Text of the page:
Frédéric Arnault, TAG Heuer: Great question. We were among the first to enter this market, not only from the Swiss watch brands, and we are still among the only historic Swiss watch brands to be present and invest a lot in the smartwatch category. We call this product the Connected Watch, not a smartwatch like many others, because after all, it is a watch. We took a lot of inspiration from our history and iconic lines, and we had designers and mechanical engineers from our watchmaking team work on this product. 

One of the key points for us was to make a beautiful watch. You’ll see the lines and choice of materials and the techniques we invented for the assembly of the ceramic bezel on the steel or titanium case, and so on. This is one of the key points from the DNA of TAG Heuer. Then, on the digital experience, there are two points that are important. The first regards the watch faces and we take inspiration from our traditional dials. Have you seen our most recent products?

Yes, for sure. Some look very good, by the way. Almost disturbingly good. 

Yes (laughs) and we have a Carrera Heuer 02 dial that’s inspired by the traditional dial we interpreted in the digital world. We’ve taken some liberty with that by reinterpreting our DNA in the digital space. You can see in the carbon watch face or orbital watch face or even the timekeeping itself that there are things you couldn’t do with a traditional, mechanical dial. But it still takes inspiration from our timekeeping department. On top of that, we come with our own software ecosystem and are launching TAG Heuer Sports. We already have a leading experience in golf that was launched last March (2019). Now we’re coming with additional activities like running, cycling, fitness, walking and a dual experience on the watch with a companion app developed entirely in-house for a great experience for the user.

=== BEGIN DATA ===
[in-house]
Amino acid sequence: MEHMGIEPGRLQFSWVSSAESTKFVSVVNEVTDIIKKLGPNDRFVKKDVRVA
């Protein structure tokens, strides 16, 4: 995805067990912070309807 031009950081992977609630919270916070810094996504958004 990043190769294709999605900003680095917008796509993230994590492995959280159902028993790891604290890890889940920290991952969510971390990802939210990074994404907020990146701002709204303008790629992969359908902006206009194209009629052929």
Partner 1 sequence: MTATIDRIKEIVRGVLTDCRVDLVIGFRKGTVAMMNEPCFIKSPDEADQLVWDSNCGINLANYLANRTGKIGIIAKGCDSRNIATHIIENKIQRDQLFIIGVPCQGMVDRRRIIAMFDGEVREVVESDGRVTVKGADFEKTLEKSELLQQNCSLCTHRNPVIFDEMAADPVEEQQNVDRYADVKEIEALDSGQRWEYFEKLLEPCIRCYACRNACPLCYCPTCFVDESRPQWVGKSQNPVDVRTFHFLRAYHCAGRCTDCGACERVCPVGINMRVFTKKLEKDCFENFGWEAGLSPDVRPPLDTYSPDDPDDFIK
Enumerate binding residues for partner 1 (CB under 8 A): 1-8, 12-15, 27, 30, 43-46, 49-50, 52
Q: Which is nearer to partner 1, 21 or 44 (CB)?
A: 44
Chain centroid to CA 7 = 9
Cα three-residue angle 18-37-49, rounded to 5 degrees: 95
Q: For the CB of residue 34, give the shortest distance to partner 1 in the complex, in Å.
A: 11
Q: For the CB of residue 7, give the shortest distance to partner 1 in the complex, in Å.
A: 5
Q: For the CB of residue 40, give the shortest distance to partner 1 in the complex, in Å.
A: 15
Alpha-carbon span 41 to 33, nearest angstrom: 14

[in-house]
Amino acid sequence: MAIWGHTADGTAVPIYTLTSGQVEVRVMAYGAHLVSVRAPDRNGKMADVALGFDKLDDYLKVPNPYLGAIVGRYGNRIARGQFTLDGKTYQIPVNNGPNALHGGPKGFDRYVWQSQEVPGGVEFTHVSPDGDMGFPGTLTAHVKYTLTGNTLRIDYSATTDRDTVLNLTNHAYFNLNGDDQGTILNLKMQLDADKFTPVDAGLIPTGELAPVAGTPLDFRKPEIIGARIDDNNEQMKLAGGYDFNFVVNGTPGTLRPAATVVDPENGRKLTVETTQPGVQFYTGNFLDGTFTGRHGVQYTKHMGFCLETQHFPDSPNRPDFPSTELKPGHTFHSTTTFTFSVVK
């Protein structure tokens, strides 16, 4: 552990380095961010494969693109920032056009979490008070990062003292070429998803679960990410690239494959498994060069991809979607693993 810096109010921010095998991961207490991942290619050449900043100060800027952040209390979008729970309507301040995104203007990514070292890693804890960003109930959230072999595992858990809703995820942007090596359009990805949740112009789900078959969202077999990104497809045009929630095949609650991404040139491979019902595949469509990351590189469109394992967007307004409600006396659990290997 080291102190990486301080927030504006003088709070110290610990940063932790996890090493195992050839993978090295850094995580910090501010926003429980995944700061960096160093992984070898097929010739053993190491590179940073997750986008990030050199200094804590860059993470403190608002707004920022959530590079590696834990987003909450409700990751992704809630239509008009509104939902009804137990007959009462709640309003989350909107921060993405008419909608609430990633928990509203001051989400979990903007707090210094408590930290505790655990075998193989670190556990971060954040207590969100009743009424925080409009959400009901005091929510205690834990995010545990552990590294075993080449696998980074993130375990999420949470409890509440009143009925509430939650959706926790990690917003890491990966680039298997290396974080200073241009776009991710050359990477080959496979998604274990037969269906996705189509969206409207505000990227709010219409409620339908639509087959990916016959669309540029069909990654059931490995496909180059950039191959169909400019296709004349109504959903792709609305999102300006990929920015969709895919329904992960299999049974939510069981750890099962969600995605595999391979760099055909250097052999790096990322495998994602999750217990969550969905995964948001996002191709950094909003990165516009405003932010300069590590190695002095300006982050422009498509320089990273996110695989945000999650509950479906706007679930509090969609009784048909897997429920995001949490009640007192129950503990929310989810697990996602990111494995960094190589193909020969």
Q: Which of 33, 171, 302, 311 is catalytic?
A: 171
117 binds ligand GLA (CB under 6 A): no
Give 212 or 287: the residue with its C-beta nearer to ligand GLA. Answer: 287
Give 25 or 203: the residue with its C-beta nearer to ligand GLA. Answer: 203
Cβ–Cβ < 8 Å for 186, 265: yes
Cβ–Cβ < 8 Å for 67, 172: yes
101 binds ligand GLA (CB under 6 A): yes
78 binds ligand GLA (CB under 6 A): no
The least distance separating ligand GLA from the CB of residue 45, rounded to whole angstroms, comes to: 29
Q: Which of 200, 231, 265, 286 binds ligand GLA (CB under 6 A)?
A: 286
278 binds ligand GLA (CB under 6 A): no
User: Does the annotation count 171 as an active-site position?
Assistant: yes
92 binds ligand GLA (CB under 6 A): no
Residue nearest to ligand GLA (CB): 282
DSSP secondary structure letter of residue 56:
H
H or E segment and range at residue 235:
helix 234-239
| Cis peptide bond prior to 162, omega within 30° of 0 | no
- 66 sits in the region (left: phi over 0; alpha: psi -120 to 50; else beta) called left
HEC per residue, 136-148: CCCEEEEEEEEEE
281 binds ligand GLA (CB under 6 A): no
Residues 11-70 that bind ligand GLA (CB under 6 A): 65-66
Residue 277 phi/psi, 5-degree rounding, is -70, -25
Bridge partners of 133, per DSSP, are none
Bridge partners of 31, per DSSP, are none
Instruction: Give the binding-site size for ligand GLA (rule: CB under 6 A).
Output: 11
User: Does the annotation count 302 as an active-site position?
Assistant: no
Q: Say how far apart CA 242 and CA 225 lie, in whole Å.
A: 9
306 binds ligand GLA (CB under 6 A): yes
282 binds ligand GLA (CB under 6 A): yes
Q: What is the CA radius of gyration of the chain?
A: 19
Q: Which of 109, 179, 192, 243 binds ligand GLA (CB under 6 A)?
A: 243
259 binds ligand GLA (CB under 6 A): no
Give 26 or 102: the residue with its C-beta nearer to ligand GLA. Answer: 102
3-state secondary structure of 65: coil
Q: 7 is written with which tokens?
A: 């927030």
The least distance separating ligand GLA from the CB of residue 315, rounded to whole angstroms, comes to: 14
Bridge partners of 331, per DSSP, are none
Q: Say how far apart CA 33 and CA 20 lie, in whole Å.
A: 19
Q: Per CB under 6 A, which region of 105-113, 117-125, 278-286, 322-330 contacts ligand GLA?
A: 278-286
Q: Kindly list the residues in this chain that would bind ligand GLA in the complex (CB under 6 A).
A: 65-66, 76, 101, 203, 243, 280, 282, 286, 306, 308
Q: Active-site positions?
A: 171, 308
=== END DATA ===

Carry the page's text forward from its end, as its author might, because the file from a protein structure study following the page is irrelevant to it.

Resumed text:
Very interesting. It also sounds like a watch you can use for anything in your life.

Yes, that’s one of the key points. It’s a watch you can wear for day-to-day life that’s also very beautiful. One you’ll be proud to wear on the wrist. At work, at night and for sports activities to measure your performance. Also, for day-to-day use, we utilize the Wear OS operating system for notifications, applications you can download from the Play Store and the full support from Google with Google Assistant and Google Fit. 

So, Google is a significant partner in this project.

Yes, we worked hand-in-hand with Google and they’re opening their operating system more to allow us to customize and deliver a curated experience for our clients and users. We do rely on Google for the operating system. We also have partners helping us on topics like GPS optimization, heart-rate optimization and so on, and we’ve invested a lot in the performance of these sensors. It’s important for us to at least be on par with some of these and better than others on the current market. 

The smartwatch or connected watch market is highly competitive. As a traditional watch brand, how can you find your place and deliver this competitively with the right answers? 

There are a lot of brands investing in this category, so it’s very crowded. We believe that we have a unique and valuable position in the market. First, it’s a watch really inspired by the world of watchmaking with the materials we use, the lines and design. It looks special on your wrist and different from other smartwatches. Those come more from the tech world as well. We’ve also invested a lot in the user experience. It’s a real watch that lives with you and must be intuitive and easy to live with, and of course, bring value to the user. We also have internal teams of UI designers, product managers and software developers working on this software experience. We believe that a lot of the value we’re bringing is with the software. 

Does it also require the highest quality and fastest hardware possible to make the user interface work best for the customer? Coming from an IT background myself, I imagine that the faster and more modern the hardware, the better the software experience. And sometimes the hardware is the limiting factor for the user interface.